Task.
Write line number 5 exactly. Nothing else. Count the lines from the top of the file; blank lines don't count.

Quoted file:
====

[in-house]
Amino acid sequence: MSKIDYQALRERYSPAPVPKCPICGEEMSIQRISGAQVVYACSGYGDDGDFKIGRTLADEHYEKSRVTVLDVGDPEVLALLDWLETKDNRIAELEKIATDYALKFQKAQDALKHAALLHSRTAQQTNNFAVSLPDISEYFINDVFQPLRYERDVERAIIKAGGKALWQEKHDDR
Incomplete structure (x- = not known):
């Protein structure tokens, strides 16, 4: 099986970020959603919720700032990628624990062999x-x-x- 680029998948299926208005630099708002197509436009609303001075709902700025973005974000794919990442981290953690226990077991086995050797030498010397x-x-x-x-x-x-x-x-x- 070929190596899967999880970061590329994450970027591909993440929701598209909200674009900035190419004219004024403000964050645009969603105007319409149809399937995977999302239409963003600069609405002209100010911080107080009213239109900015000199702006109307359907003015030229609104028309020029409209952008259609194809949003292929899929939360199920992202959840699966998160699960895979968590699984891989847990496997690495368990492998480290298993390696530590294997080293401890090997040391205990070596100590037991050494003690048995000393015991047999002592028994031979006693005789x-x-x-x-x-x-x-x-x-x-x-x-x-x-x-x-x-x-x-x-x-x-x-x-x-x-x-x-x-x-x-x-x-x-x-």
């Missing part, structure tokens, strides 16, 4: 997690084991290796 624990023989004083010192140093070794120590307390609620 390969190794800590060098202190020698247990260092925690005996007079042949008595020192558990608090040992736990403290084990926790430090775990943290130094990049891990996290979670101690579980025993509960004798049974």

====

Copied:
């Missing part, structure tokens, strides 16, 4: 997690084991290796 624990023989004083010192140093070794120590307390609620 390969190794800590060098202190020698247990260092925690005996007079042949008595020192558990608090040992736990403290084990926790430090775990943290130094990049891990996290979670101690579980025993509960004798049974």